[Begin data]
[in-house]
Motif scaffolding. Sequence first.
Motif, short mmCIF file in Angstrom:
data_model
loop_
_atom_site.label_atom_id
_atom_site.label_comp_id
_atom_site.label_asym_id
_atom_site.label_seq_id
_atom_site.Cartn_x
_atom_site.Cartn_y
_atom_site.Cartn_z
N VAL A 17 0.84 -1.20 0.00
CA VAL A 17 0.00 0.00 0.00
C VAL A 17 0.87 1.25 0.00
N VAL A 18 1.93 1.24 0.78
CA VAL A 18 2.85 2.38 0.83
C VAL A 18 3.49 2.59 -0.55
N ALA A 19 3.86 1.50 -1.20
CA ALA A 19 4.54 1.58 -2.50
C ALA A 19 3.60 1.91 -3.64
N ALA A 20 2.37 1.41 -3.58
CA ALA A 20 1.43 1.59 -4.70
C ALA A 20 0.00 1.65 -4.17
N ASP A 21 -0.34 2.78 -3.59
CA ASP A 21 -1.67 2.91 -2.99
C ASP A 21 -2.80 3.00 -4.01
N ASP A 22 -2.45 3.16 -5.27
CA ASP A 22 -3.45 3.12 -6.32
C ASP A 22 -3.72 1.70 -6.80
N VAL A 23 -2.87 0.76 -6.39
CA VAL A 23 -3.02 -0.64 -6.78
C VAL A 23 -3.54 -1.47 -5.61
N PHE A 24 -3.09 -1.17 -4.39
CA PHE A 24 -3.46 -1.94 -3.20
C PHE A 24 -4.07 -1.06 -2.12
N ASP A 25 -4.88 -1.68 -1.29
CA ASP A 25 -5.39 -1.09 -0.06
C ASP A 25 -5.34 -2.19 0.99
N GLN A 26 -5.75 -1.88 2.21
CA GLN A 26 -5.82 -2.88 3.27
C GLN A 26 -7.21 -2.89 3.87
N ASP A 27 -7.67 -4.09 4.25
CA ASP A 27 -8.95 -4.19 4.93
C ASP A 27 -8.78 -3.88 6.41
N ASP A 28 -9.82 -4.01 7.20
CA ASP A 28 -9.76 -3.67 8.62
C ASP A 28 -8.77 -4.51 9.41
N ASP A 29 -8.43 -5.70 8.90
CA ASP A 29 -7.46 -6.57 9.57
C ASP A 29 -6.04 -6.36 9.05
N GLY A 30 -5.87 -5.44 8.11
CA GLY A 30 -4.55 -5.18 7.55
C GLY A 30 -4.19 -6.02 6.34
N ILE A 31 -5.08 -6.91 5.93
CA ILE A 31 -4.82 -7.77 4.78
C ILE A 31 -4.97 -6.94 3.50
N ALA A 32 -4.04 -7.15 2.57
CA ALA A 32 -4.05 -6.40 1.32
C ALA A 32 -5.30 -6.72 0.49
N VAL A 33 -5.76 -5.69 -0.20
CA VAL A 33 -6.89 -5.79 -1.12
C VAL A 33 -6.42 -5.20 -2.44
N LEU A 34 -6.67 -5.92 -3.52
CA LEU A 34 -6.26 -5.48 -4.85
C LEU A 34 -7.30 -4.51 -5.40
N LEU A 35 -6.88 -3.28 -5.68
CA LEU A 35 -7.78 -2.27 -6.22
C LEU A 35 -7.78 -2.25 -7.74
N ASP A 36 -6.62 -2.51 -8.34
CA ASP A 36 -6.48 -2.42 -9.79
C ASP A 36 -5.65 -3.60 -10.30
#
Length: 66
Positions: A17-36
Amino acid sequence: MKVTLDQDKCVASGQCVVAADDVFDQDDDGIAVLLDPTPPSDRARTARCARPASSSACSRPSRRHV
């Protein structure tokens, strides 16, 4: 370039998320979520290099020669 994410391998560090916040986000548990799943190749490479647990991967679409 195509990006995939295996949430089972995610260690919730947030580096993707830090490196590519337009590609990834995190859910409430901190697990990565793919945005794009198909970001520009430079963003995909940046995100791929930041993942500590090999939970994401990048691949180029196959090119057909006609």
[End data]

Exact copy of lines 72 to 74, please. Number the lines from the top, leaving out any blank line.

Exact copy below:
C ASP A 36 -5.65 -3.60 -10.30
#
Length: 66